Inflation will remain a factor in RBI policy: Subbarao
Bringing inflation further down will weigh on the Reserve Bank when it comes out with its next credit policy review on October 30, governor D Subbarao said today.business Updated: Oct 04, 2012 20:02 IST
Bringing inflation further down will weigh on the Reserve Bank when it comes out with its next credit policy review on October 30, governor D Subbarao said on Thursday.
"...we must also recognise that inflation was about 10%. It has come down from double digit level to 7.5%. We should acknowledge that inflation has come down. We need to bring it down further. We will take into account as we go into our October 30 policy (review)," the RBI chief told reporters in Puducherry.
He said RBI will make an assessment of inflation, the external sector and the fiscal outlook in its monetary policy. "Efforts will be to rein in inflation and support growth to the extent possible."
In its mid-quarter policy review last month, RBI had left the key interest rates unchanged despite a strong demand from the industry for a rate cut after a slowdown in economic growth to 5.5% in the first quarter of this fiscal.
On economic growth rate, Subbarao said RBI's projection for the current fiscal (2012-2013) is 6.5%.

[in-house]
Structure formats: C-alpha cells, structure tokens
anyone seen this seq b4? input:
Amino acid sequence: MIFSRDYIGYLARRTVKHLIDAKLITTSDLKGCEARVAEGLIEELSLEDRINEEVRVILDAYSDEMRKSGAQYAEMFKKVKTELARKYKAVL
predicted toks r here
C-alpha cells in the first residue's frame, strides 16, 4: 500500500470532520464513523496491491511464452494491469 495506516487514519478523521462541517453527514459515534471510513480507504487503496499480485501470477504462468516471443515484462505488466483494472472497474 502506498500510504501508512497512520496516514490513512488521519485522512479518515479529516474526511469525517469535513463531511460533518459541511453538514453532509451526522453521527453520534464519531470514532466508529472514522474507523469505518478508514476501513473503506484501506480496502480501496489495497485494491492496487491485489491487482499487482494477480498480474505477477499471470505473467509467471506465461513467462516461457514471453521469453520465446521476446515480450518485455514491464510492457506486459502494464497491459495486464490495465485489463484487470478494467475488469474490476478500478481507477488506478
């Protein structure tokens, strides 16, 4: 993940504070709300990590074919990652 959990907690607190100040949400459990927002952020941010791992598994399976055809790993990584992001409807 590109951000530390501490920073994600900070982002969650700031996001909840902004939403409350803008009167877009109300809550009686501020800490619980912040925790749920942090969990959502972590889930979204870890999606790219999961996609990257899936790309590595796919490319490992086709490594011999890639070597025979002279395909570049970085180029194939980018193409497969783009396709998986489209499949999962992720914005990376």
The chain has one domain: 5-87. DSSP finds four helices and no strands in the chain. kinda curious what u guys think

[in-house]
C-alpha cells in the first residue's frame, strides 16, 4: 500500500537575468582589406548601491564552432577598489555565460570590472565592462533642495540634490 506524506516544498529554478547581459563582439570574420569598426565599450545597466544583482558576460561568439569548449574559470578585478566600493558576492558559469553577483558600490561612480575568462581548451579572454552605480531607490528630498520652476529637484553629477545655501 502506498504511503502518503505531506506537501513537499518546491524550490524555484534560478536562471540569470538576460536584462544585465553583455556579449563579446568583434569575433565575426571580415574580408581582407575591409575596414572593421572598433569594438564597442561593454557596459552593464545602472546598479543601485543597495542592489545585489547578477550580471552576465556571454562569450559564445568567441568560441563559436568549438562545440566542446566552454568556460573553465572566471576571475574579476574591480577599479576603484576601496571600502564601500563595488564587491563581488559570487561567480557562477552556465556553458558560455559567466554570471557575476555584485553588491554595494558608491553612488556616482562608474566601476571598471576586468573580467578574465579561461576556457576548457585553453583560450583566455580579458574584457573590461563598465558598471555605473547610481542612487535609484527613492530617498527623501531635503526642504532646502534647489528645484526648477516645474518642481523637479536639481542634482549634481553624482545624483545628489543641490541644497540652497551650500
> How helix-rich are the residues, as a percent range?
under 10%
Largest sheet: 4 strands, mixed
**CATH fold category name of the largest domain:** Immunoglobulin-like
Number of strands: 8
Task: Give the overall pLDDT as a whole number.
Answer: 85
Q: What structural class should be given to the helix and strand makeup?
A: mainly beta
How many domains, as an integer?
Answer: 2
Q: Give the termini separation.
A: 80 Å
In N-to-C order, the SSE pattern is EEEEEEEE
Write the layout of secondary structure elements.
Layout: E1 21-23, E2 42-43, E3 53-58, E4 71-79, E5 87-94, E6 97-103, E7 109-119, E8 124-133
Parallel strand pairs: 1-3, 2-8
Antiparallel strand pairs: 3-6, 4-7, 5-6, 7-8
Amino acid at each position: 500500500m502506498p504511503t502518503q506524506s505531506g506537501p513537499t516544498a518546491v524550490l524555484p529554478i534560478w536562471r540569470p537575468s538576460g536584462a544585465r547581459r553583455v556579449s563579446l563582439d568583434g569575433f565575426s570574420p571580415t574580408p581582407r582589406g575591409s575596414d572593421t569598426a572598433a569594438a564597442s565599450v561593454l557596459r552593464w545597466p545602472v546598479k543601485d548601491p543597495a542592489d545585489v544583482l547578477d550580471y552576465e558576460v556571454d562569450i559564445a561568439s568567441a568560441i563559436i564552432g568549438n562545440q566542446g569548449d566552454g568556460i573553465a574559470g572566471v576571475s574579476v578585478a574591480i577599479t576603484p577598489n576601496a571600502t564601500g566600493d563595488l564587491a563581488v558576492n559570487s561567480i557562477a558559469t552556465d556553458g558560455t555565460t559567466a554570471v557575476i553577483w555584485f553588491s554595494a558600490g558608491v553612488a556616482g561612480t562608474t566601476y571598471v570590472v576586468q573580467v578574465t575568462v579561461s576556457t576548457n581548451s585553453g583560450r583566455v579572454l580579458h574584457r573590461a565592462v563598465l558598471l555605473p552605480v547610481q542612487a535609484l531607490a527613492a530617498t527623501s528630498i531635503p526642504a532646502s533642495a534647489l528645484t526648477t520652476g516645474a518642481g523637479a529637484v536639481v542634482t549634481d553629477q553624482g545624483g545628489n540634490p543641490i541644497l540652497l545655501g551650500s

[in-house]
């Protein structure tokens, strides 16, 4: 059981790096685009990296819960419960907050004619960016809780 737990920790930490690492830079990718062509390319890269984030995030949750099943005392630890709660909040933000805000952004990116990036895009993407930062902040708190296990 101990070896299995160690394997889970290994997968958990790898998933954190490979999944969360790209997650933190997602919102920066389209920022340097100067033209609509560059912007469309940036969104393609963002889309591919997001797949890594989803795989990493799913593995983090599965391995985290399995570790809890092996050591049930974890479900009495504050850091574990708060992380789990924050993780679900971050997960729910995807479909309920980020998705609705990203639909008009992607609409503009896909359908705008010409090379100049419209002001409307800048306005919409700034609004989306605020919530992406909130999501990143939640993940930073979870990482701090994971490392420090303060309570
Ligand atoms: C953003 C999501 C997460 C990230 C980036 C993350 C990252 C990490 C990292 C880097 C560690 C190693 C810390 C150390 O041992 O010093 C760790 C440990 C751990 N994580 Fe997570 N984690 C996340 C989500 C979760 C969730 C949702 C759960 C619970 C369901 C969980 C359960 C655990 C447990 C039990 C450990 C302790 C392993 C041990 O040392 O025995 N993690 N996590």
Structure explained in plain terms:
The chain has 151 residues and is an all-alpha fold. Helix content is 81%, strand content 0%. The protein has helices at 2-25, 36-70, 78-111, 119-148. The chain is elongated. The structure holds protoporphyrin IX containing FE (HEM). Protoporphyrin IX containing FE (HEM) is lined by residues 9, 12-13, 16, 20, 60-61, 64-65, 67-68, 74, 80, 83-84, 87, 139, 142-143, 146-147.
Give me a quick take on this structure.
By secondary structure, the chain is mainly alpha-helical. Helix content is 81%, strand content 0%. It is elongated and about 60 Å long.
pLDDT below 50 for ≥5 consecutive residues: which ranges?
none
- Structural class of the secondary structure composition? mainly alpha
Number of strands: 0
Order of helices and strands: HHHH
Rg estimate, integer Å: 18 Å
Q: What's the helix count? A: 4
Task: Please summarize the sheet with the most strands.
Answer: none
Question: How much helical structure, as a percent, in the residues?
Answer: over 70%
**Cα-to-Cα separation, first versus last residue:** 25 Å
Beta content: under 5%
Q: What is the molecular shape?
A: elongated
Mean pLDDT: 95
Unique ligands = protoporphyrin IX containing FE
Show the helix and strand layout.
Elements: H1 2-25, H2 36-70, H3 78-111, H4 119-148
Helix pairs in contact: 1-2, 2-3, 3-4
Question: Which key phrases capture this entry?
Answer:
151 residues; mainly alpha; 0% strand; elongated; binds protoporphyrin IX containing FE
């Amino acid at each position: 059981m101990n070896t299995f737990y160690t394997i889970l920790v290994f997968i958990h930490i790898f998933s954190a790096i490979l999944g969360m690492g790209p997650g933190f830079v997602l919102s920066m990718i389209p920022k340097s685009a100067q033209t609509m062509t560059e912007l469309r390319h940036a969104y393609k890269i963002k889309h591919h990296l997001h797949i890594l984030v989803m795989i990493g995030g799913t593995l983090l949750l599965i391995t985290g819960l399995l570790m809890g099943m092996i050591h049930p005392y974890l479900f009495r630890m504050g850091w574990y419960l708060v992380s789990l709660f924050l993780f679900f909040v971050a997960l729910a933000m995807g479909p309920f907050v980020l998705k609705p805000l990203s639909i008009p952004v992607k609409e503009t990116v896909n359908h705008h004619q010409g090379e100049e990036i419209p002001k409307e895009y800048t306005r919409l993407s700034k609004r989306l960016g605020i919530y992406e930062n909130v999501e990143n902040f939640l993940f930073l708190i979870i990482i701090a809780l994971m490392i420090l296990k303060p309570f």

"That was the assessment we made in July. If and when we revisit that number and revise the number, we will let you know. But I do note that a number of agencies within and outside the country have revised their growth numbers taking into account developments in the last two months."
Referring to the FDI in retail, Subbarao said it would bring the prices down. "All this will also bring in reduction in prices. To the extent the FDI in retail reduces prices, RBI will be more comfortable," he said after the central bank's board meeting.
"Those growth drivers are productivity improvement, entrepreneurial talent, demographic profile of the country,...middle class market, the potential for increasing savings and enormous capacity levels in the country. They are intact. I am sure that we can grow much faster than we are today," Subbarao said.